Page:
Indeed, the graphic scenes of drug use – as junkies inject needles into scarred arms – are more likely to put off potential users than encourage people to shoot up.
One memorable line of dialogue neatly captures the seedy nihilism of this world, when one addict says that death is the “best high of all”.
Also take note of the scenes in which dialogue is kept to a minimum, as the images are eloquently used by Schatzberg to reveal a great deal.
There are also some little touches which stick out in retrospect: the little dog called Rocky, which Pacino’s character says “sounds like a prizefighter” (Sylvester Stallone’s boxing film was a few years off) and a ferry scene has shades of Pacino’s later turn in Insomnia (2002).
Further movie connections are also hard to resist: Pacino is buying drugs from the same New York dealers who Popeye Doyle (Gene Hackman) was trying to bust in William Friedkin’s The French Connection (1971); Pacino and Hackman would go on to star up in Schaztberg’s next film, Scarecrow (1973), whilst Winn would star in Friedkin’s subsequent movie, The Exorcist (1973).
Commendably, the ending doesn’t feature a pat moral lesson and feels brave, even for a film made in an era where American directors weren’t afraid of being bold and experimental.
Look out too for an interesting final shot, reminiscent of a certain Bob Dylan album cover (The Freewheelin’ Bob Dylan), although not the one Schatzberg actually took as a photographer (Blonde on Blonde).
Although a significant film of the New Hollywood era, the grim milieu has perhaps prevented it from wider cultural recognition outside of the cinephile realm.
It isn’t a film that often crops up on television, possibly because it was an independent production picked up by a major studio, which means there may have been rights issues or it is just regarded as a bleak oddity by commercially minded TV schedulers.
Although it has been available on VHS and DVD before, there is no Blu-ray release, which is a shame as it is a snapshot of an era when US films could take greater risks with form and subject matter.
Schatzberg is still revered in Cannes, as earlier this year his photo of Faye Dunaway adorned the Croisette as the official image of the 64th festival, ahead of a screening of his first film.
As the 1970s progressed, he would go on to make acclaimed films such as Scarecrow (1973) but as the 1980s arrived his sensibility was at odds with the prevailing commercial climate in Hollywood and US cinema.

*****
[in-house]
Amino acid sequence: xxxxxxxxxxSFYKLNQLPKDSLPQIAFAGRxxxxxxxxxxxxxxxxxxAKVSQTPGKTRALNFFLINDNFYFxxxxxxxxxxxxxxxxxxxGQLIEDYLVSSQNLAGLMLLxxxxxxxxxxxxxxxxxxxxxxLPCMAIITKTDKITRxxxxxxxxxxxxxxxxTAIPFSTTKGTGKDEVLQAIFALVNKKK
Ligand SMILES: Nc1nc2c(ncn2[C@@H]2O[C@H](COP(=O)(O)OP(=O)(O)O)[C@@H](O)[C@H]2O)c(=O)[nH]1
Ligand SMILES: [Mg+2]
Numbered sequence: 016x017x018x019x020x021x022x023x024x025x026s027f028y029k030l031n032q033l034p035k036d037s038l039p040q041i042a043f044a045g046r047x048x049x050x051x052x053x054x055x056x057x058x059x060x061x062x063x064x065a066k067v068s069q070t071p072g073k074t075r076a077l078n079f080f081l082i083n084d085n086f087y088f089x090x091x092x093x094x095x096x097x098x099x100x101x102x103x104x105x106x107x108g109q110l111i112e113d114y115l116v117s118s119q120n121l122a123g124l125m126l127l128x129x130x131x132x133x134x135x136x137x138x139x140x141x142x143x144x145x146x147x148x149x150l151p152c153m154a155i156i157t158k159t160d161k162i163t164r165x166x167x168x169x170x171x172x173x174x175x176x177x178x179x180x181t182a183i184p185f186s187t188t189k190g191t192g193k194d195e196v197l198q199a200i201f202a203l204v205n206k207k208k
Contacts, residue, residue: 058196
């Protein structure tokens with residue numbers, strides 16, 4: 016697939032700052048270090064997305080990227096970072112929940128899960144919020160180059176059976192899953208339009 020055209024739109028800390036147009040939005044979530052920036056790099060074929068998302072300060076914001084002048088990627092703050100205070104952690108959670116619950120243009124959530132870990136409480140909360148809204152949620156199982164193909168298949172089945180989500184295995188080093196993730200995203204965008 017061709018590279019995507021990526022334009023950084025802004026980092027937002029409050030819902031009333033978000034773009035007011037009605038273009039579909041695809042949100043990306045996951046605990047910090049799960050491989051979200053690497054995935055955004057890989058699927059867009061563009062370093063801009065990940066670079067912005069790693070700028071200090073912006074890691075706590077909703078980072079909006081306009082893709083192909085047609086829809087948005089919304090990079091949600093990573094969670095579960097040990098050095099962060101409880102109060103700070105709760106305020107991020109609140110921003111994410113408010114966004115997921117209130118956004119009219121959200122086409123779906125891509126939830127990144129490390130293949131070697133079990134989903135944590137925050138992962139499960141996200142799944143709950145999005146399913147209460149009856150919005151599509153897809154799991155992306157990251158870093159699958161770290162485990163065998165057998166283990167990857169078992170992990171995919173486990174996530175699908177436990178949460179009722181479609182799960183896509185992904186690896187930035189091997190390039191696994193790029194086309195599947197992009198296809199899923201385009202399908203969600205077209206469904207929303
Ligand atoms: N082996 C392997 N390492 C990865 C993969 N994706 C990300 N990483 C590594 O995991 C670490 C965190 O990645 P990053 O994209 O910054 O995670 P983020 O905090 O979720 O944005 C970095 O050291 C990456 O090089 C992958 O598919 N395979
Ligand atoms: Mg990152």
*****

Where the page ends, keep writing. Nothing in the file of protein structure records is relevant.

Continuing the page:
Despite this The Panic in Needle Park holds up remarkably well: not only was it an early gathering of significant artistic talents, but it remains a powerful depiction of life on the margins of city and the daily struggle of people who get ignored.
Panic in the Streets of New York (24.20): Director Jerry Schatzberg and cinematographer Adam Holender discuss the making of the film. Among the interesting things they talk about include:
- The producers did a deal with Fox, who didn’t like the idea of Pacino in the lead.
- Robert De Niro was also up for the Pacino role but Schatzberg felt Al was more a kid of the streets.
- Cinematographer Adam Holender was influenced by The Battle of Algiers and its approach to shooting reality.
- They wanted to shoot an ‘enhanced reality’ on the streets of New York, by using long lenses (400 and 600 mm lenses) which meant that actors were sometimes two blocks away (no video assist in those days).
- This visual style compressed the actors on the street and gave them a freedom to move even on a location.
- Pacino and Schatzberg had direct experience of people with drug problems
- Needle Park came into being because addicts could buy and shoot up drugs there without going up to Harlem
Writing in Needle Park (08.52): Writer Joan Didion describes the background to the story, the production and her subsequent career.
- Didion was not in the WGA at the time and developed the project without knowing much about how a movie was made.
- The Upper West Side was considered ‘beyond the pale’ then – very different to the gentrified area it has become.
- Filming on location influenced the way it was shot and the actors were cramped into real places.
- AVCO Embassy (under famed financier/producer Joe Levine) optioned it and sold it as ‘Romeo and Juliet on junk’
- The writers originally saw the female character as the lead
- It didn’t really make any money but was acclaimed in Cannes and well received in the business.
The Panic in Needle Park is released on DVD on September 5th by Second Sight
> Pre-order the DVD here on Amazon UK
> The Panic in Needle Park at the IMDb
> Jerry Schtazberg at MUBi
> The original 1965 article that led to the book and film
> Life magazine on the drug movies of the early 1970s